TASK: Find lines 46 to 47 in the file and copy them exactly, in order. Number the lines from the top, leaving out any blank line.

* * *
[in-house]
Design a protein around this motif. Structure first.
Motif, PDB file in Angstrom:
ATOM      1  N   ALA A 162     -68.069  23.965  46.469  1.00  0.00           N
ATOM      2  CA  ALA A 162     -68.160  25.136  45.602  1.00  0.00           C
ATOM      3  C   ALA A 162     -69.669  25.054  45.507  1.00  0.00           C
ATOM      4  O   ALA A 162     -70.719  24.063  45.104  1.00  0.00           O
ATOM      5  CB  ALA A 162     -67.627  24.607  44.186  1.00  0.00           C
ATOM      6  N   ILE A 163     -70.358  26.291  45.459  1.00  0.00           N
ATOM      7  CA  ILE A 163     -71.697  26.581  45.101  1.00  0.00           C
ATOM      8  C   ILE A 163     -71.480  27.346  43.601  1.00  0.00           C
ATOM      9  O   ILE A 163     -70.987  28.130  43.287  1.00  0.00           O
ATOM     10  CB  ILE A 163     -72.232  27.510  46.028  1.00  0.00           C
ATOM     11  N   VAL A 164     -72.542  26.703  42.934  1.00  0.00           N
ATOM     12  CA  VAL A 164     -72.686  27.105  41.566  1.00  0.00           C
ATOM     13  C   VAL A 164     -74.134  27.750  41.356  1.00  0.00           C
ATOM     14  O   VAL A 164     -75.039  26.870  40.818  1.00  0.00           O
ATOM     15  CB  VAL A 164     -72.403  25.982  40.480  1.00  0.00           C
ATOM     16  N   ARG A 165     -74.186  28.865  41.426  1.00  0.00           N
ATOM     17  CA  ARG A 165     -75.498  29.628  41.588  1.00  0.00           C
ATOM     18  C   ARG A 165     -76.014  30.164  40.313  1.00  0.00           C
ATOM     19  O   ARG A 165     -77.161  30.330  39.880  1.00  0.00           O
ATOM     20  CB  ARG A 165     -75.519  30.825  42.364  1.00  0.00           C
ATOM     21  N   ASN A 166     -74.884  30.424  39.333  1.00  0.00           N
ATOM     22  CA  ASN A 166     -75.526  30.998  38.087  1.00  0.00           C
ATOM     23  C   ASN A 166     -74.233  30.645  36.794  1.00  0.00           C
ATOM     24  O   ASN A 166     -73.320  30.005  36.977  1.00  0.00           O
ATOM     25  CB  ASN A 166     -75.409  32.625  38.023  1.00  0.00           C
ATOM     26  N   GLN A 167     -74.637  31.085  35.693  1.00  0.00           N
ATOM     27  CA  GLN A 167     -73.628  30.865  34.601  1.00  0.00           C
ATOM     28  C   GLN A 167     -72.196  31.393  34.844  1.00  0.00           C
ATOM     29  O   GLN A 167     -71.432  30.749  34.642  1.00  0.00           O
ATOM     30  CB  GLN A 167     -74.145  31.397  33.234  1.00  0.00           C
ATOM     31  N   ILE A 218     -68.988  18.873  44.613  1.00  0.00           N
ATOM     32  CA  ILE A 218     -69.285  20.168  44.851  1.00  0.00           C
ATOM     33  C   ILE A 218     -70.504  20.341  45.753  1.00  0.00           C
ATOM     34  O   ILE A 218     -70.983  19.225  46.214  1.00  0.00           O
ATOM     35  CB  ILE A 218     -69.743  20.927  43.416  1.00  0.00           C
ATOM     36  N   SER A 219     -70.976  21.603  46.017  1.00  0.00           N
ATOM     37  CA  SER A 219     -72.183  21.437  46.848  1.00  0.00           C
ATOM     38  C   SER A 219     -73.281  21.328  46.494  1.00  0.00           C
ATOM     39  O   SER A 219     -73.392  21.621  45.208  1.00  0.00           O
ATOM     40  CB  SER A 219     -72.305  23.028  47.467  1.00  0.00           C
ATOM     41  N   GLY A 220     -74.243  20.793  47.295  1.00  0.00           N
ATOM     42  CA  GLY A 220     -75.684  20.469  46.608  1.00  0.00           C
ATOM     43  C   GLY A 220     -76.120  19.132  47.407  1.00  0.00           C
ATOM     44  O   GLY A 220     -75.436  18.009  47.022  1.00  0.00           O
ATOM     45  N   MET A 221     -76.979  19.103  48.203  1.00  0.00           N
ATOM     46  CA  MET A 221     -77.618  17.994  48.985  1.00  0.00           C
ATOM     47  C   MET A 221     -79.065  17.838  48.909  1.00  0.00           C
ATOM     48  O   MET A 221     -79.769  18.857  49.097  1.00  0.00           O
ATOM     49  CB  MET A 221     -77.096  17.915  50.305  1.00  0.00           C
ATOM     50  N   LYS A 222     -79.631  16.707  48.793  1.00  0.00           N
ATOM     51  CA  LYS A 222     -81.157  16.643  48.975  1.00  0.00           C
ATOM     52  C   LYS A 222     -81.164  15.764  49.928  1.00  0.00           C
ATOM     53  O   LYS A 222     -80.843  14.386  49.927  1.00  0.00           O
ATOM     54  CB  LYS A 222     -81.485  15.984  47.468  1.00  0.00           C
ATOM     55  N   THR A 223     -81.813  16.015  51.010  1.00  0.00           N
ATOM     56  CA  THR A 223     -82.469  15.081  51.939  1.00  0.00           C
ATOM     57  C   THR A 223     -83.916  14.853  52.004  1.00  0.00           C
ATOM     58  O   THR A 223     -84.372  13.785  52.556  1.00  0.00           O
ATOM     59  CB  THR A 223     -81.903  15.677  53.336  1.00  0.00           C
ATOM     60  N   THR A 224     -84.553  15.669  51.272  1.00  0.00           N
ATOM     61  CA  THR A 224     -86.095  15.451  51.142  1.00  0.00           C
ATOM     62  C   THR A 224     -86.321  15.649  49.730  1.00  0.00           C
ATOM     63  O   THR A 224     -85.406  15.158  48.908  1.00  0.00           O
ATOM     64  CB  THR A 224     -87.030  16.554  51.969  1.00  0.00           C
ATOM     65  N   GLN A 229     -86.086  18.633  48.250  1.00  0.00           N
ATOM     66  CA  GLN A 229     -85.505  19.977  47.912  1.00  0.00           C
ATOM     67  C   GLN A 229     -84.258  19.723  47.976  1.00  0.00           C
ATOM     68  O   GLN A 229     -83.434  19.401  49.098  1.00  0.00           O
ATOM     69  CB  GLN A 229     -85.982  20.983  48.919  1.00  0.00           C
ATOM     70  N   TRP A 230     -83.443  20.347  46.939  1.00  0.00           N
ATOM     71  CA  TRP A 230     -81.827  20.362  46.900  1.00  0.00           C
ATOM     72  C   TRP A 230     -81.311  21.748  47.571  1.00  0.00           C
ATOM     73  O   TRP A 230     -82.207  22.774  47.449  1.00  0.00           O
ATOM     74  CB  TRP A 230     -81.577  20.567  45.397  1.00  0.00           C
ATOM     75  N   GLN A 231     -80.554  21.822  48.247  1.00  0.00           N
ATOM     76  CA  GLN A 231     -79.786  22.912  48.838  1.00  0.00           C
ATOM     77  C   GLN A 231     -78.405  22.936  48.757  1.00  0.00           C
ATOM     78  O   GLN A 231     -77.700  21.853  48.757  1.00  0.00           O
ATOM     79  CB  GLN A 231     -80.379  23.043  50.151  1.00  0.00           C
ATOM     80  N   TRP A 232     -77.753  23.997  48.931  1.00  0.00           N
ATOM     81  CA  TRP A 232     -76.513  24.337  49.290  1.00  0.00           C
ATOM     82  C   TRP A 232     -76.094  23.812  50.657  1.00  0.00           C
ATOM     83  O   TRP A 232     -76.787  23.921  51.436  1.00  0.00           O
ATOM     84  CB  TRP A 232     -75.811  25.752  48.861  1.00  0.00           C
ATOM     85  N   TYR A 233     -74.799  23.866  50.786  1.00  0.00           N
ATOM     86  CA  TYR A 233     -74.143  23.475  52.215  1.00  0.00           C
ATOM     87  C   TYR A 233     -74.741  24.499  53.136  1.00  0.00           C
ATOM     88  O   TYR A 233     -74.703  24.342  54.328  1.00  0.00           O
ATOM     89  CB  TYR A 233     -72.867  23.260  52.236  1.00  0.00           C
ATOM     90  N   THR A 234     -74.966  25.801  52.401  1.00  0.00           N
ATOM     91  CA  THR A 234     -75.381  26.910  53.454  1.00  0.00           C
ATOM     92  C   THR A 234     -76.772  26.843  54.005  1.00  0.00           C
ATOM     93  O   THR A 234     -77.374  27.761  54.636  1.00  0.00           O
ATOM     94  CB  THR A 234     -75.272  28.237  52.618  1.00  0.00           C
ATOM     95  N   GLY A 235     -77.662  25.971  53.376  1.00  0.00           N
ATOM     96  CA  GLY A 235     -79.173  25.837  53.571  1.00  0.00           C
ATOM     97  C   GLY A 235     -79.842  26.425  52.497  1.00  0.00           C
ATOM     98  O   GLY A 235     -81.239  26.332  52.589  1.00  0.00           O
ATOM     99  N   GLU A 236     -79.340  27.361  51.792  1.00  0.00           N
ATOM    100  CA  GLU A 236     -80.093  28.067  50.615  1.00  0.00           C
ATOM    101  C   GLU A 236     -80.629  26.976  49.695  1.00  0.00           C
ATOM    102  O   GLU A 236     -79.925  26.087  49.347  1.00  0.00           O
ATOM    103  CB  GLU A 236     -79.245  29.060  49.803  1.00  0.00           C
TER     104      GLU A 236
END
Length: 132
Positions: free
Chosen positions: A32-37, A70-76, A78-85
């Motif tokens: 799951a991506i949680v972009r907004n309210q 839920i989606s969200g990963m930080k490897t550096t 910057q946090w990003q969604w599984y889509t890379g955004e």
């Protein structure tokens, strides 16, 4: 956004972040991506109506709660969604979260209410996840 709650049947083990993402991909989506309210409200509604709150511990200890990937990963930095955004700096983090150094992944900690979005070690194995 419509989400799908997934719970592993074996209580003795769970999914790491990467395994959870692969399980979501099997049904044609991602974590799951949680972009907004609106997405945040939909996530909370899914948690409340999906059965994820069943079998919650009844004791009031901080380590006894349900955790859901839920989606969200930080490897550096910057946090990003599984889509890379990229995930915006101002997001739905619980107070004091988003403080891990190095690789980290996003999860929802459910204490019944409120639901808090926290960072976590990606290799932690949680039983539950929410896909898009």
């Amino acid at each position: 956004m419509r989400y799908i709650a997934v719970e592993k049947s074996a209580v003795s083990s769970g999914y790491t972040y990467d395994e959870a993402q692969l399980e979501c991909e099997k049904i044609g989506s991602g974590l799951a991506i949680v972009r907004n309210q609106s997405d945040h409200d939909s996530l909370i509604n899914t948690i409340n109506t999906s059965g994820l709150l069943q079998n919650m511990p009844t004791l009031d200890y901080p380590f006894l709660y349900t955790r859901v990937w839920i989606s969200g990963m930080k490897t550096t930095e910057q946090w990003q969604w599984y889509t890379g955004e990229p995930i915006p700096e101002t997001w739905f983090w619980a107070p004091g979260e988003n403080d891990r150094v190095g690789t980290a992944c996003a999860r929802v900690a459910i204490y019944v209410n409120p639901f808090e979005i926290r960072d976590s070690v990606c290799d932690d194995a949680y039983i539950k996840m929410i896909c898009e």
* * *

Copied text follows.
ATOM     43  C   GLY A 220     -76.120  19.132  47.407  1.00  0.00           C
ATOM     44  O   GLY A 220     -75.436  18.009  47.022  1.00  0.00           O